It is important to establish whether this control mechanism applies generally to ES and somatic stem cells. The clinical value of human ES (hES) cells is widely discussed but these cells are difficult to maintain in culture. Medium conditioned by mouse embryonic fibroblasts (MEFs) promotes their expansion. Although Akt and STAT3 have important roles in mouse ES cells, a clear function for STAT3 has not been defined in hES cells24,25. Phosphorylation of STAT3 on Tyr 705 was undetectable in hES cells, but MEF conditioned medium maintained Ser 727 phosphorylation that was insensitive to JAK inhibition (Fig. 4a). High concentrations of fibroblast growth factor 2 (FGF2) and bone morphogenetic protein inhibitors are currently used to support human ES cell growth2,26. Notch activation and inhibition of JAK and p38 (daily for 7 d) increased colony formation without affecting colony size in HSF6 cells (Fig. 4b). DAPT reduced colony number (control, 100 ± 5%; DAPT 51 ± 11%). Inhibition of JAK also increased survival in H1 and H9 hES cells (Supplementary Table 2).

Figure 4: In vitro and in vivo data support a general role for the signalling model in stem cell biology.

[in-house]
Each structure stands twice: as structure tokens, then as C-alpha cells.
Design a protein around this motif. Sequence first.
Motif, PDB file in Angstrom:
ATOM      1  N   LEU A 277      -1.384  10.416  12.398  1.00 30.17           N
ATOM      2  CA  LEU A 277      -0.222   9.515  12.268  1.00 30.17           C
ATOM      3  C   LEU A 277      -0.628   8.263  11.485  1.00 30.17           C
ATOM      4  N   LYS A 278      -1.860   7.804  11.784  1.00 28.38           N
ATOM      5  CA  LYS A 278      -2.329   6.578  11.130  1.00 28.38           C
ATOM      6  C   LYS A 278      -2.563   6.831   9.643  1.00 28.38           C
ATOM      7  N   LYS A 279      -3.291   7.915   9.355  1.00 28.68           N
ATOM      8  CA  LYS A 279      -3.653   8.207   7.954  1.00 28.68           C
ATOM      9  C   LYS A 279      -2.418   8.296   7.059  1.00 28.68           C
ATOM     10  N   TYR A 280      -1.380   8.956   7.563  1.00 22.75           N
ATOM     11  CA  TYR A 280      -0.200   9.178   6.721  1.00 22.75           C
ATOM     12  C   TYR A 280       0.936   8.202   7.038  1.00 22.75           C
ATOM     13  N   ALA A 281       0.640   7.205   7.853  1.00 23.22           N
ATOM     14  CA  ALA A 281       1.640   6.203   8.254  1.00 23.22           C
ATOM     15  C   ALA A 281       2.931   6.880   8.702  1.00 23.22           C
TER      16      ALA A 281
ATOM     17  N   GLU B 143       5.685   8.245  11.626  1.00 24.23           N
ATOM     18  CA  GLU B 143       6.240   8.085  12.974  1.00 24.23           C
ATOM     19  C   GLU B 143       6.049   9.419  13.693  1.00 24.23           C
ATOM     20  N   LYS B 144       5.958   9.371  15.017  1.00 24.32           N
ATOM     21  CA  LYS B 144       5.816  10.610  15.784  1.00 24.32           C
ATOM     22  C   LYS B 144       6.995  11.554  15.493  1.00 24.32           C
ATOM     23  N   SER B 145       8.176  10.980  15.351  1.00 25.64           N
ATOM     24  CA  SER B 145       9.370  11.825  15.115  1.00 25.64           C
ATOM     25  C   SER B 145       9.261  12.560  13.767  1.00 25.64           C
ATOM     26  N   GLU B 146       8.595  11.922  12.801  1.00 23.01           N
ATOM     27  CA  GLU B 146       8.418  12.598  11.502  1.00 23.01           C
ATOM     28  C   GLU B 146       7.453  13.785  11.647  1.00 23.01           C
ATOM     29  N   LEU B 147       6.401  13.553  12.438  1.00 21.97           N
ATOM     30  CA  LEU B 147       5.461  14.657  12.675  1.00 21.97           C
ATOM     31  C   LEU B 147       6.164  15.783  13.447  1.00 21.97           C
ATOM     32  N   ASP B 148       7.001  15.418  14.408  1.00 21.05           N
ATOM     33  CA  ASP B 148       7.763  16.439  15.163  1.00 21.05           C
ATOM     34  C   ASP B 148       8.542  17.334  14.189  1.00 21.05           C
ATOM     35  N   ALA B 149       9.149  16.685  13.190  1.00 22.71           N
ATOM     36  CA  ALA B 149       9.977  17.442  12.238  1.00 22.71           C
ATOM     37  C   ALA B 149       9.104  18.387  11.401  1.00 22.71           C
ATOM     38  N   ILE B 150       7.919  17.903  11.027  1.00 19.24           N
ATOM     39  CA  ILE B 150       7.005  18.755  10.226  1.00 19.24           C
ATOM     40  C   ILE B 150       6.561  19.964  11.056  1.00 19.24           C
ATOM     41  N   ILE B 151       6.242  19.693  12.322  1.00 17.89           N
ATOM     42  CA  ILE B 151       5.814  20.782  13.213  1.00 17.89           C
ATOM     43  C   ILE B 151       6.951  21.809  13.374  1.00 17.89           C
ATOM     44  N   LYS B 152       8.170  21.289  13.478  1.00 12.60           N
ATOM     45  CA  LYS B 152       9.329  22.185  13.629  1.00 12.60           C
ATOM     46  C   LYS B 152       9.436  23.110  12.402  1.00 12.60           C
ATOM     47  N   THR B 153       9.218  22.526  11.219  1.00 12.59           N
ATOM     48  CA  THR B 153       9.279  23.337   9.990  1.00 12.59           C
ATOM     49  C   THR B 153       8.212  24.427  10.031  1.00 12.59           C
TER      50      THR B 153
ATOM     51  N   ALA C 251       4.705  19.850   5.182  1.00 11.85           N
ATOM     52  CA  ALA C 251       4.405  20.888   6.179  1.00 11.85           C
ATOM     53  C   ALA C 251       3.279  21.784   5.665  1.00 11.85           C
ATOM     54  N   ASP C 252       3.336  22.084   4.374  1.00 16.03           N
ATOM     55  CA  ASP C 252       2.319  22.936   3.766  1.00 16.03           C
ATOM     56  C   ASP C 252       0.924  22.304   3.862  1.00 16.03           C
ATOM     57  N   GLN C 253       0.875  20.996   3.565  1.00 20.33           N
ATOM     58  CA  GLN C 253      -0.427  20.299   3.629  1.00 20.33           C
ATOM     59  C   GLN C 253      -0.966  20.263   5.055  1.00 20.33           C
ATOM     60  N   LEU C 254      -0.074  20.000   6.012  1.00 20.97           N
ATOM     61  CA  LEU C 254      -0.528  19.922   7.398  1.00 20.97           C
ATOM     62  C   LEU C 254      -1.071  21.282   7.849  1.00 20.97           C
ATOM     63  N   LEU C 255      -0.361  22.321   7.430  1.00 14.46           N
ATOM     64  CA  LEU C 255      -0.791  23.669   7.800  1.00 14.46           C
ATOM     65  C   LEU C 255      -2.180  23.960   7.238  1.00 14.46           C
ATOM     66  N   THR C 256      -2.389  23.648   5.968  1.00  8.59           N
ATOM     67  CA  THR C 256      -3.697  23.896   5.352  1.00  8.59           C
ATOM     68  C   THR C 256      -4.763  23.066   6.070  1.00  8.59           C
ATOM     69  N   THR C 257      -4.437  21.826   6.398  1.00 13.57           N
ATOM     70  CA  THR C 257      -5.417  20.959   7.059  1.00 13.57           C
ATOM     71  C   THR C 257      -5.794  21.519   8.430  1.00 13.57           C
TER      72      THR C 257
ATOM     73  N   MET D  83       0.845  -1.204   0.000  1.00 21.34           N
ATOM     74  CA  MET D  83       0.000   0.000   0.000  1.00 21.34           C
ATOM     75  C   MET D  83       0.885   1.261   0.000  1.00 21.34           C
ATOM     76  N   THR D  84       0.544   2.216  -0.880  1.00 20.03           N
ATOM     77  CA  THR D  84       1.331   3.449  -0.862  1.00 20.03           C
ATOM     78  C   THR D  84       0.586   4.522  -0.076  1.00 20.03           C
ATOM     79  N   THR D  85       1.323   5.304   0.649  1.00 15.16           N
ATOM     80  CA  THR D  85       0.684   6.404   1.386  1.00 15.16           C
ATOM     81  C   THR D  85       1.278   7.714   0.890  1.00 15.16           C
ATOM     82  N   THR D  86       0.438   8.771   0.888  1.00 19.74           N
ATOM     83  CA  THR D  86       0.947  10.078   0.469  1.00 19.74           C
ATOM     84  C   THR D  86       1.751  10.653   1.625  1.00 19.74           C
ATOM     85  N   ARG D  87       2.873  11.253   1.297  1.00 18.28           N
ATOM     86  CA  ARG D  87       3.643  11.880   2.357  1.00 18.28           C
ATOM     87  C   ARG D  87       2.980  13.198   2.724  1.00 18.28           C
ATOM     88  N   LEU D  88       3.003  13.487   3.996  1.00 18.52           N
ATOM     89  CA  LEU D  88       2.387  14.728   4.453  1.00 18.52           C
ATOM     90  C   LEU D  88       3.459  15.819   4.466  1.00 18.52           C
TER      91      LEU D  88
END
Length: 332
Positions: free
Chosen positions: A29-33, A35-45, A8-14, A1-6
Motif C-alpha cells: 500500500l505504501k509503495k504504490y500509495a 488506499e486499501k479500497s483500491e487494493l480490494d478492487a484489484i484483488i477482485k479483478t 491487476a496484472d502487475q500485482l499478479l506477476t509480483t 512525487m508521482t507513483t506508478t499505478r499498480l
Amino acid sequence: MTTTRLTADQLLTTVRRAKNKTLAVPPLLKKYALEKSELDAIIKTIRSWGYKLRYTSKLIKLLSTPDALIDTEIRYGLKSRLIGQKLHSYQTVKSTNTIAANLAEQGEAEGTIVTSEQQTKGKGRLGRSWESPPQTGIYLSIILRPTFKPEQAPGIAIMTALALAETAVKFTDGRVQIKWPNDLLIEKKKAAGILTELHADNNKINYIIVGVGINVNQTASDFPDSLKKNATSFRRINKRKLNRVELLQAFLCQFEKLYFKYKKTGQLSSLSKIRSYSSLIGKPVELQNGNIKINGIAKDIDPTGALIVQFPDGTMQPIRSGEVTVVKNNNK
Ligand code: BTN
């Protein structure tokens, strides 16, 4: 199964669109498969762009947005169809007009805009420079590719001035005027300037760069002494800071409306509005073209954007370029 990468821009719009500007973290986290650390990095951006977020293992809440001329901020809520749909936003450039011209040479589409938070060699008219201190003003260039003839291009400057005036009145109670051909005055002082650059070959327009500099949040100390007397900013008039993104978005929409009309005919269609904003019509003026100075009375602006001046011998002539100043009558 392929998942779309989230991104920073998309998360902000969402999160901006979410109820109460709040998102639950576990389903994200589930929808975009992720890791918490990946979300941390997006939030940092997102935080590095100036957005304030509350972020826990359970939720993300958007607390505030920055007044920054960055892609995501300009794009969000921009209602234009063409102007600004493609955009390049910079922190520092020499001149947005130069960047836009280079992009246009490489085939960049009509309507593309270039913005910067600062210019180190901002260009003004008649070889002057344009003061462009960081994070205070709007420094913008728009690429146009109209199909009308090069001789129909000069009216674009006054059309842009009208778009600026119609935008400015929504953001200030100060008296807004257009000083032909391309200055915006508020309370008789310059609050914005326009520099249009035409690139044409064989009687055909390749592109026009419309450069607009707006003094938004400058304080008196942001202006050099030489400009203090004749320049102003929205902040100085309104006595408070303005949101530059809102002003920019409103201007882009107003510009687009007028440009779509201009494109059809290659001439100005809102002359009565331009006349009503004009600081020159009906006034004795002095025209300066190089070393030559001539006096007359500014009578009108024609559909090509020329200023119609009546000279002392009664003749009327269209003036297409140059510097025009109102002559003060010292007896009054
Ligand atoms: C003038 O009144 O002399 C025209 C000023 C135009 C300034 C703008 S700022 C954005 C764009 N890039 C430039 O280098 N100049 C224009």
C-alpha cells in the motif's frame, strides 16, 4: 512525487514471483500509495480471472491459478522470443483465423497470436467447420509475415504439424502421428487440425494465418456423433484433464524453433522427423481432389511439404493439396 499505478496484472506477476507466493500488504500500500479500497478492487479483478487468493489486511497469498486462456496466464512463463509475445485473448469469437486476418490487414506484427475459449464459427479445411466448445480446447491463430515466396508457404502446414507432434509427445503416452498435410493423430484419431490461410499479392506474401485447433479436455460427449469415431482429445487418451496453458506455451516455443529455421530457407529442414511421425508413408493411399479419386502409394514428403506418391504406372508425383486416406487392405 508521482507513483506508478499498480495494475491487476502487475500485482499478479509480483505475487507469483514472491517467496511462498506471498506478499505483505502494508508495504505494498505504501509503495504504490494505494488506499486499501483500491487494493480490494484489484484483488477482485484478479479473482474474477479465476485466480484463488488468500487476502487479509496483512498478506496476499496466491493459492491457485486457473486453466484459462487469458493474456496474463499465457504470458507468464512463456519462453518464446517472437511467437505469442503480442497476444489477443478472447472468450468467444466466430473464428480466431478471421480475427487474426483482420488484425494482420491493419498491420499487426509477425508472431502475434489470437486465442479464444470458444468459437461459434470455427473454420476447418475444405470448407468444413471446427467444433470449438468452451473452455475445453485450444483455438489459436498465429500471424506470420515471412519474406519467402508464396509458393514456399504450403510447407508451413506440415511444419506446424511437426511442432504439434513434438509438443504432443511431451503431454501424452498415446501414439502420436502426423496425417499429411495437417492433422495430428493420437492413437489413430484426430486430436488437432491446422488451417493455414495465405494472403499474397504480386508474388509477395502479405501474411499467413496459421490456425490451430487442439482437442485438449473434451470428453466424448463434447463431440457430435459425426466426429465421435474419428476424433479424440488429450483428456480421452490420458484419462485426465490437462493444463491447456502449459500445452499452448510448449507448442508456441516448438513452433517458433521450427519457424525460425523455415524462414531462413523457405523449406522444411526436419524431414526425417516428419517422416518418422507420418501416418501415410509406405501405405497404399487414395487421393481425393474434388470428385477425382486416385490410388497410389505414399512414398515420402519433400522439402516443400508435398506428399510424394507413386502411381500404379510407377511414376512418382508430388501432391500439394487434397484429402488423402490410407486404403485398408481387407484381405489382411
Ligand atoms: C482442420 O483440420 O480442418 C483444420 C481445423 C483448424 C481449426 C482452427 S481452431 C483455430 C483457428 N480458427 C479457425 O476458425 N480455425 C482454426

Figure 4

a, MEF conditioned medium (MEF CM) stimulates phosphorylation of STAT3 on Ser 727: withdrawal of MEF CM (16 h) causes almost complete loss of Ser 727 phosphorylation without affecting STAT3 protein amounts in MEF-free hES cultures plated as aggregates; phosphorylation of STAT3 on Tyr 705 is undetectable in all conditions shown. b, Dll4, JAK inhibitor and p38 inhibitor increase plating efficiency of HSF6 hES cells plated as single dissociated cells (mean ± s.d. values 6 d after plating). c, Dll4 supports pancreatic endocrine precursor cultures expressing c-peptide and somatostatin (7 d after plating). d, Dll4, JAK inhibitor and p38 inhibitor promote survival of fetal pancreatic cultures (data are mean ± s.d. at 7 d). e, Treatment with Dll4 (42 µg ml-1 in pump) plus FGF2 (2.5 µg ml-1 in pump) improves motor skills of ischaemic rats (regression lines assume linear rate of change over the whole period of observation; data are mean ± s.e.m.).

To assess whether JAK inhibition was consistent with longer-term maintenance of the undifferentiated state, HSF6 cells were continuously exposed to the JAK inhibitor by daily additions for three passages (3 weeks). The cells had a normal morphology and antigen profile (Oct3/4+/SSEA4+/Tra-1-60+/Tra-1-81+/SSEA1-), and retained their ability to generate Sox1+/Nestin+ neural precursors and tyrosine-hydroxylase-positive neurons (data not shown). Similar results were obtained with endocrine precursors when cells from the developing pancreas were placed in culture (Fig. 4c, d). These data suggest that common regulators control the in vitro expansion of pluripotent and somatic stem cells. These cytoplasmic responses to Notch receptor activation may also contribute to the developmental inhibitory functions of Notch defined by genetic experiments in Drosophila6.